The Role of Chromium in the Hot Corrosion of Metals
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Publisher:The Electrochemical Society
Citation:Robert A. Rapp and Nobuo Otsuka, "The Role of Chromium in the Hot Corrosion of Metals," ECS Transactions 16, no. 49 (2009), doi:10.1149/1.3159332
The accelerated oxidation of metals and alloys by a thin surface film of fused salt is controlled by the local salt (acid-base) chemistry and oxidizing potential at the salt/scale interface, as can be monitored using ec surface probes. The solubility of chromium oxide in fused sodium sulfate as a function of melt chemistry at 1200K is accurately known, with chromate ions as the dominant solute at high oxygen activities, but chromite ions dominate at low oxygen activities. Since the chromia solubility increases with increasing oxygen activity, solid chromia is not expected to precipitate out in the salt film during hot corrosion. Serving as a strong acid solute, the formation of chromite or chromate anions can serve as a buffer for the melt chemistry at the scale/salt interface. Chromite ions would be formed using the oxide ions released by less acidic oxides, e.g. CoO, NiO, FeO, etc., thereby preventing the shift toward high local basicity, sulfide formation, and oxide dissolution/reprecipitation. Furthermore, chromate ions can precipitate back onto reducing sites (scale grain boundaries and flaws) on the alloy surface to block its contact with the salt.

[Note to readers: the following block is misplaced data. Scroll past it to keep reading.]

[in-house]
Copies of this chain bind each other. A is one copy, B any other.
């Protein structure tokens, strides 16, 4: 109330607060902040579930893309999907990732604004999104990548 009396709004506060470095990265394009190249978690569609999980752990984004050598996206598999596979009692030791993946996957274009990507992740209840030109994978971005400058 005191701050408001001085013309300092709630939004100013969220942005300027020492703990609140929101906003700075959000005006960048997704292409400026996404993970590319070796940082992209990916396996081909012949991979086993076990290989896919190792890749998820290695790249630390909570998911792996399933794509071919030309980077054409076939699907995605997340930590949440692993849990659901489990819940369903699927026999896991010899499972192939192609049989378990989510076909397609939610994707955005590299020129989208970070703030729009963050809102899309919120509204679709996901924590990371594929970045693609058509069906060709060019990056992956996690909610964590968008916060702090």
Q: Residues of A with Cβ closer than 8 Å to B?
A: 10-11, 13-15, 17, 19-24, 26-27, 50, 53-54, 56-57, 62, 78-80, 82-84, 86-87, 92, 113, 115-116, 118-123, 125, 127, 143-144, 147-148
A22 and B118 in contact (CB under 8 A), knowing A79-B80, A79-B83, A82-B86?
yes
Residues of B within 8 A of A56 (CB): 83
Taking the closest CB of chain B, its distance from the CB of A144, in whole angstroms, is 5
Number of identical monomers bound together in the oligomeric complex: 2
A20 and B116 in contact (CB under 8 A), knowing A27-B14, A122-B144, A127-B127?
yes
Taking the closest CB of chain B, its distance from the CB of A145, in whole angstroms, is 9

Rights:© The Electrochemical Society, Inc. 2009. All rights reserved. Except as provided under U.S. copyright law, this work may not be reproduced, resold, distributed, or modified without the express permission of The Electrochemical Society (ECS). The archival version of this work was published in ECS Transactions, 16 (49) 271-282.
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